When stress occurs the brain and pituitary gland respond by releasing adrenocorticotropic hormone (ACTH). This hormone stimulates the adrenals to increase production of the hormones epinephrine, norepinephrine, and cortisol. The main adrenal hormones, epinephrine and norepinephrine, are the main stimuli to the stress response. This is what happens to the body when these hormones are released:

• Heart rate increases

• Blood pressure increases

• Body temperature may become irregular

• Certain blood vessels constrict to increase blood flow to muscles and brain (ever heard of superhuman strength during a time of crisis?)

• Blood flow to the digestive tract decreases (are you constipated or having difficulty losing weight?)

• Adrenaline raises blood sugar and stimulates the liver to produce and release more glucose into the blood. This is very important for everyone to understand but especially for those diagnosed with diabetes.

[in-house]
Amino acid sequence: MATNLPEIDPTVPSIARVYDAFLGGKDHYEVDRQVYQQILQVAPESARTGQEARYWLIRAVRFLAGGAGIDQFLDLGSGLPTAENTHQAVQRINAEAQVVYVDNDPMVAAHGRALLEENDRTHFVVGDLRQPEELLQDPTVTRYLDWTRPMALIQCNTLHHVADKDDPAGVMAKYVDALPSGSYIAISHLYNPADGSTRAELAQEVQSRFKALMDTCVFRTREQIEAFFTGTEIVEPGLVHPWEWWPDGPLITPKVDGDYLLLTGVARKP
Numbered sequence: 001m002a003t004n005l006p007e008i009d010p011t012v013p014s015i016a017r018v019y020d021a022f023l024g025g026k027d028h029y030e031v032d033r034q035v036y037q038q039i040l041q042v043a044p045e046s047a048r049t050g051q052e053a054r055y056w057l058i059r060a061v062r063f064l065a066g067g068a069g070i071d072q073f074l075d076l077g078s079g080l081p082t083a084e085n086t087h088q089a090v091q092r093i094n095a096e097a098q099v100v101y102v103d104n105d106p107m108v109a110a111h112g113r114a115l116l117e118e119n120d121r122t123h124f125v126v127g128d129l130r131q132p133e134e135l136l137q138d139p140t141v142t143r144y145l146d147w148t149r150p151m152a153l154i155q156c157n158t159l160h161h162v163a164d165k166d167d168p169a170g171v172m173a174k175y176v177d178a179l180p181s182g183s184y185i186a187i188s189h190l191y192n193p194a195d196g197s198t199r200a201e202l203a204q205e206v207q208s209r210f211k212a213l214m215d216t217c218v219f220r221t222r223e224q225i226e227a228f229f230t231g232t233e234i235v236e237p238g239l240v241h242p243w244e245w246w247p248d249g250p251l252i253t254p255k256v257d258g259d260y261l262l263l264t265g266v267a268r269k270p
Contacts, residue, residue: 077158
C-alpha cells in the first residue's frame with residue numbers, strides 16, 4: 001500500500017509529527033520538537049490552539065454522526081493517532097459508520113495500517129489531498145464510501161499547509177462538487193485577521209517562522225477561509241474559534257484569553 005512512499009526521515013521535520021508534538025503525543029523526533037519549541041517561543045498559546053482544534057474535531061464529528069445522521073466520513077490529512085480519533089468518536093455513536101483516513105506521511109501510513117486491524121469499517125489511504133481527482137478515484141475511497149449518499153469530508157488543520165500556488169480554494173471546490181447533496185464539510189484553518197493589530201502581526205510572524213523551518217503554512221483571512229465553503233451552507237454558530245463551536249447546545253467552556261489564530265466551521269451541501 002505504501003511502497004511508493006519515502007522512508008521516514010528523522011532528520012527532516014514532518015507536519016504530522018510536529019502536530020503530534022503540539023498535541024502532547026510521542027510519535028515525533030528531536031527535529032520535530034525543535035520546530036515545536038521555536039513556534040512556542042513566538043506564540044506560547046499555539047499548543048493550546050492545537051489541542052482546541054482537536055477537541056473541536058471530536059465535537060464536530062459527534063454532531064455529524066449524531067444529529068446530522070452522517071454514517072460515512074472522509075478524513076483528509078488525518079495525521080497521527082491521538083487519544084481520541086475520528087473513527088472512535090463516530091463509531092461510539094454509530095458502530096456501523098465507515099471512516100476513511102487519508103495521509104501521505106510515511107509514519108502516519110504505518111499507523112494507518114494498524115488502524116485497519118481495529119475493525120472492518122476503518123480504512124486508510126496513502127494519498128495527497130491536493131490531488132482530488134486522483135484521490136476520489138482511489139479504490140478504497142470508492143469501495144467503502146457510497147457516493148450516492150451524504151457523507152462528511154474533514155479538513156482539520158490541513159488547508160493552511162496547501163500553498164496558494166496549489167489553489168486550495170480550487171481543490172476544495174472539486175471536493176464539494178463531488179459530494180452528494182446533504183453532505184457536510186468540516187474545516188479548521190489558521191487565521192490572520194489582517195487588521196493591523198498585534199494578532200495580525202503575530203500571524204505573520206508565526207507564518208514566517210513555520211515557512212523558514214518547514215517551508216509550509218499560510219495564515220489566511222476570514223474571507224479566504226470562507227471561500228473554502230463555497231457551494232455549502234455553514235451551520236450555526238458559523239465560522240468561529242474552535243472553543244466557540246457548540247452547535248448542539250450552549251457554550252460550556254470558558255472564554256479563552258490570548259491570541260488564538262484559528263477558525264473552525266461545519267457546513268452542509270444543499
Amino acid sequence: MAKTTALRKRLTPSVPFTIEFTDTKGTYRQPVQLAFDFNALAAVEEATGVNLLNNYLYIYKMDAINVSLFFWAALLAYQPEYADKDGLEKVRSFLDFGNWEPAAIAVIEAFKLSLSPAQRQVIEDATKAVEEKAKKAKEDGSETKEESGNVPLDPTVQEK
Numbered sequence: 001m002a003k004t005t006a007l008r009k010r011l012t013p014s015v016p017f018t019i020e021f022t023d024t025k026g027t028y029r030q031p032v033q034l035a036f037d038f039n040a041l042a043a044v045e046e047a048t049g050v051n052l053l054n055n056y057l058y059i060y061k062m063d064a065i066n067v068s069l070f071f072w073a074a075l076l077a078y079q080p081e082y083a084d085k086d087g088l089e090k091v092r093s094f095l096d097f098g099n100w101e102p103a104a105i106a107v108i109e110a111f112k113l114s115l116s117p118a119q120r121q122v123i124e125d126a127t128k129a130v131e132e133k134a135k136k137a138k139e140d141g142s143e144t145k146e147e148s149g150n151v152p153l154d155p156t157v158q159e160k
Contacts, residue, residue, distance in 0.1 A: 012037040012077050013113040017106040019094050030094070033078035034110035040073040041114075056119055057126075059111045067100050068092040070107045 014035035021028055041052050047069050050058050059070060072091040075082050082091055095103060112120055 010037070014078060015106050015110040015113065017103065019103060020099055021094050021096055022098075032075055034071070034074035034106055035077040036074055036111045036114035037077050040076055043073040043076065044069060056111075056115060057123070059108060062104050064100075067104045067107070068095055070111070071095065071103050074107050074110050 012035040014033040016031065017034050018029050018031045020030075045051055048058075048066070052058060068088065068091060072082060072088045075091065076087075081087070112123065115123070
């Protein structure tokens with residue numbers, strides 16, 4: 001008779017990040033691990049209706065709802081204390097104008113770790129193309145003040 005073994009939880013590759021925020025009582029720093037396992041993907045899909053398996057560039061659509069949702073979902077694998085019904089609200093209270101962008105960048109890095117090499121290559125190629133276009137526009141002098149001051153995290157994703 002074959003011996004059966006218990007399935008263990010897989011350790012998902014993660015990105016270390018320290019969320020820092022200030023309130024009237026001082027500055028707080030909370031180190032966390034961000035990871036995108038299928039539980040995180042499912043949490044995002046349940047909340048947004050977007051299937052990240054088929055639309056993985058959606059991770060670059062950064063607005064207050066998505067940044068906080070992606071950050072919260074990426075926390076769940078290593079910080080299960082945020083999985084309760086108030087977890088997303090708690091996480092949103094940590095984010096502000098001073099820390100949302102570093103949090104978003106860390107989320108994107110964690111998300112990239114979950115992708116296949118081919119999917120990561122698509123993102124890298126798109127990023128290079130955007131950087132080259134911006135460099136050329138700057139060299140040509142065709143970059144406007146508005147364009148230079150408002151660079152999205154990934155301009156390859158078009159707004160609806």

As I mentioned above, living with chronic stress does not allow the body to return to its normal homeostasis state (the state you were in before you lived with chronic stress).

Does all that information make you feel more stressed? Yikes!

But remember there is good stress and bad stress. What’s the difference?

I see this information as a good stressor. Knowledge is power and the more you understand internal and external factors that affect your level of stress the better you’ll get at taking time to actively manage stress in your daily life.

On the flip side, chronic stress is certainly not good for your body. Living in a chronic state of stress lowered my immune system, left me susceptible to many illnesses and I believe is the cause of my thyroid disorder. I’m sharing this with you to help you make better decisions, which will hopefully help you in coping with stress.